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University of Toronto Students for Life: The beginning of life isn’t controversial

This post was written for University of Toronto Students for Life by Blaise Alleyne. It does not necessarily represent the views of NCLN.

It’s not controversial when life begins. Except for when we start talking about abortion, then people want to pretend it’s above their pay grade.

I just came across this little snippet from the Globe about an institute at U of T that I think serves to highlight that:

If you were going to try and solve the riddle of childhood obesity, who would you call? Doctors, geneticists, teachers or social workers? Why not all of them? That’s the premise behind a new research institute at the University of Toronto that will be delving into the potential – and the pitfalls – of early childhood health and well-being.

The Fraser Mustard Institute for Human Development, named for the late advocate of early childhood development, pulls together researchers from a wide range of fields under a virtual umbrella to tackle a wide range of issues. They’ll team up on research and teaching that focuses on the first 2,000 days of a child’s life – from conception to age five – in the hopes of pinpointing ways to set children on positive life trajectories.

If you’re doing real science and you have to look to the beginning of life, would you turn to birth? To the ability to feel pain? To consciousness or sentience? To a sperm or egg cell? Obviously, just like the Fraser Mustard Institute, you’d look to the real beginning of life: conception.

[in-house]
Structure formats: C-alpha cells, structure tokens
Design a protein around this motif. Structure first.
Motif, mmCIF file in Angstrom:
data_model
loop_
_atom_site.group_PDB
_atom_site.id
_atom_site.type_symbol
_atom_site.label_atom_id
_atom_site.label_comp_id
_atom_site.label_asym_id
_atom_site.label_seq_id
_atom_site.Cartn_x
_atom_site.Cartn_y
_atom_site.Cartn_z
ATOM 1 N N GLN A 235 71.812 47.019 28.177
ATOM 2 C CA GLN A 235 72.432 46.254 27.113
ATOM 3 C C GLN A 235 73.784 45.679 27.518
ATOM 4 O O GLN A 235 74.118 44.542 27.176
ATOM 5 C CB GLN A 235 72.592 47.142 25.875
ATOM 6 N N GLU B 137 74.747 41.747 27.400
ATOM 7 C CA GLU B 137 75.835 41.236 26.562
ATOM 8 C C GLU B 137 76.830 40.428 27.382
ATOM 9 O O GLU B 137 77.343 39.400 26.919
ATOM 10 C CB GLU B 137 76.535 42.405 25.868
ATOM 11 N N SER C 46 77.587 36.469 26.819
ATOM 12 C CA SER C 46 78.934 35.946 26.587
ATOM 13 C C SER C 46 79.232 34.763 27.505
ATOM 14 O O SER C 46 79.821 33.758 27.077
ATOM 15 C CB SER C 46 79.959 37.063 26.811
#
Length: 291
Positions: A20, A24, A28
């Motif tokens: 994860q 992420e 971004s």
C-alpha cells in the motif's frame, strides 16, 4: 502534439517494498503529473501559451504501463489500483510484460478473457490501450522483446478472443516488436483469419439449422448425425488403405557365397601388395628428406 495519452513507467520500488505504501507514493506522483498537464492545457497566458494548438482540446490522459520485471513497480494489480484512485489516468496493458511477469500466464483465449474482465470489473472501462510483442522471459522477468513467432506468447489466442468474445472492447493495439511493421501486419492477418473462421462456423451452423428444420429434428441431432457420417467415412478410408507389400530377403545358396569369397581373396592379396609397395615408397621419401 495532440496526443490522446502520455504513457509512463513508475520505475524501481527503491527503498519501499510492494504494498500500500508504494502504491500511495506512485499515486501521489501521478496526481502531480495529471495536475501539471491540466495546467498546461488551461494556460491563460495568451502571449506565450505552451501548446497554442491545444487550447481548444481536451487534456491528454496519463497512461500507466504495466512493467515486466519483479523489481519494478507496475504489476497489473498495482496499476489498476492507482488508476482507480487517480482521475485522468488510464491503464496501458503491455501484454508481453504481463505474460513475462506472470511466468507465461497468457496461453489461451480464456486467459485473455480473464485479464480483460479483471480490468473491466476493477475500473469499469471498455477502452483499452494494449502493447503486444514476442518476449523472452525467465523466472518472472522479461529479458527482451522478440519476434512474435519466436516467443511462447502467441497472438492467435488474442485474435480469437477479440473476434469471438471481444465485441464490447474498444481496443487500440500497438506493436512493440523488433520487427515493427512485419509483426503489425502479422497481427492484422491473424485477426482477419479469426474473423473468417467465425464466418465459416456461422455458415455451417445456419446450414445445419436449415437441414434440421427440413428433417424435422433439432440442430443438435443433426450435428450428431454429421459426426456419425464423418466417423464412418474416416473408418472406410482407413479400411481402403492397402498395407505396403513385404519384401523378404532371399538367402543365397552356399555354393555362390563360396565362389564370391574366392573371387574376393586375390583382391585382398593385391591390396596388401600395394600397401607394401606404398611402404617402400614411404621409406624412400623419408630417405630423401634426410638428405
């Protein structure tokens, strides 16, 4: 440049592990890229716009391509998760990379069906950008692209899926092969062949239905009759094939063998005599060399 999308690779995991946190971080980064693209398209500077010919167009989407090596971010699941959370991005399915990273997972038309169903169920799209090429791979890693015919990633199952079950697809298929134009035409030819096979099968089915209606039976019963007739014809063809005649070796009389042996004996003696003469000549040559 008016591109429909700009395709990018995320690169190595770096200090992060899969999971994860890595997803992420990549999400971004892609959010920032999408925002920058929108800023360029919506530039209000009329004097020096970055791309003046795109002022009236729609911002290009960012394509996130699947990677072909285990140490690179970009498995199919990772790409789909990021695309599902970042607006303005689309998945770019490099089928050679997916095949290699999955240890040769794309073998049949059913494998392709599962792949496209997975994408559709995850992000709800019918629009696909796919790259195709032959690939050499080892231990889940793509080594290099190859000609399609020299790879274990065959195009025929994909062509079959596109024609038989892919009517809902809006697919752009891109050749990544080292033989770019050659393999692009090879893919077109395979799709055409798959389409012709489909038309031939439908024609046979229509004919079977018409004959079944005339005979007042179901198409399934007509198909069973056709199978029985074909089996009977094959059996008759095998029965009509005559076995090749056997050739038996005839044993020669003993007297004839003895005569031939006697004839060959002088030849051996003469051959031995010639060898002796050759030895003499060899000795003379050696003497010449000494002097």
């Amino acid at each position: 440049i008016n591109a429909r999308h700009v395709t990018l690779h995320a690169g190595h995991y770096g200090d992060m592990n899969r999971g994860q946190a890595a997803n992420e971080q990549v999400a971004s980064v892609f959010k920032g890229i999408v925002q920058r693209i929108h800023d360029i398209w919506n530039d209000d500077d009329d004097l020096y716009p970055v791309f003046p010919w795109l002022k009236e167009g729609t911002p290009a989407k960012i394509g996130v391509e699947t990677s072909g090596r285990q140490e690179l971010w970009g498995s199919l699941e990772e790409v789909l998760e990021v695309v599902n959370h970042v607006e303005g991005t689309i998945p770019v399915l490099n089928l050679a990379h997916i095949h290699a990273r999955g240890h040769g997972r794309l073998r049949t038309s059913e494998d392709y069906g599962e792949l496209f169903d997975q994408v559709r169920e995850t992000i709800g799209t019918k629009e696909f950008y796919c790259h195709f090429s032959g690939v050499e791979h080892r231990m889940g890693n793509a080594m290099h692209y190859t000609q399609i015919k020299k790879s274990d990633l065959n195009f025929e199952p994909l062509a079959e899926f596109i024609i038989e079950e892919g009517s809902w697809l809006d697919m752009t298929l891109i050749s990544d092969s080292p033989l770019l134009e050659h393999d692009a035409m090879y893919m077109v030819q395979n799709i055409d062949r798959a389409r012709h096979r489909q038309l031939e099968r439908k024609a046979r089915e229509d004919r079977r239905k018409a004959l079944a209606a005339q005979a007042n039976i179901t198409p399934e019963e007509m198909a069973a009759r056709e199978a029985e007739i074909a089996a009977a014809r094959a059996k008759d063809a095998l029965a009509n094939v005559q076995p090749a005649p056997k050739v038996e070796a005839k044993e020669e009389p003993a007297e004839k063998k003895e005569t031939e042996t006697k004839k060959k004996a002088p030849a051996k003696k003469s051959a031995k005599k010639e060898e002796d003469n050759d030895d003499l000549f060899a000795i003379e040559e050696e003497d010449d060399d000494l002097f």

The beginning of life is a fact. That fact is only becomes controversial insofar as it’s inconvenient — when you are trying to justify killing through abortion.

Read the comments at the University of Toronto Students for Life website.

uOttawa Students For Life: Enigma Solved?

This post was written for uOttawa Students For Life by uOttawa Students For Life. It does not necessarily represent the views of NCLN.

Funny how in most contexts it isn’t hard for people to figure out when life begins:

They’ll team up on research and teaching that focuses on the first 2,000 days of a child’s life – from conception to age five – in the hopes of pinpointing ways to set children on positive life trajectories.

(…)

If you think about it, the miracle that has to occur from the time in which the egg is fertilized, when you have one single cell, to the time when 2,000 days later, you’ve got a healthy, jumping, happy, enthusiastic, inquisitive individual going off to school, and you think of the biology that has to happen during that period – to me, that’s nothing short of a miracle.


Read the comments at the uOttawa Students For Life website.

University of Toronto Students for Life: Planned Parenthood: We Don’t Listen to Science

This post was written for University of Toronto Students for Life by Blaise Alleyne. It does not necessarily represent the views of NCLN.

Planned Parenthood’s College Outreach group, Advocates for Choice, really hates science. Don’t just take my word for it, listen for yourself (via the CCBR).

I thought it was the “wacky religious right” or the “lunatic fringe of the Republican party” that was supposed to be anti-science, but these champions of truth seem to want the anti-science crown more than anyone else. I certainly wouldn’t want to be in an anti-science contest against any of these folks!

Why might that be? Maybe because science doesn’t make abortion look very good.


Read the comments at the University of Toronto Students for Life website.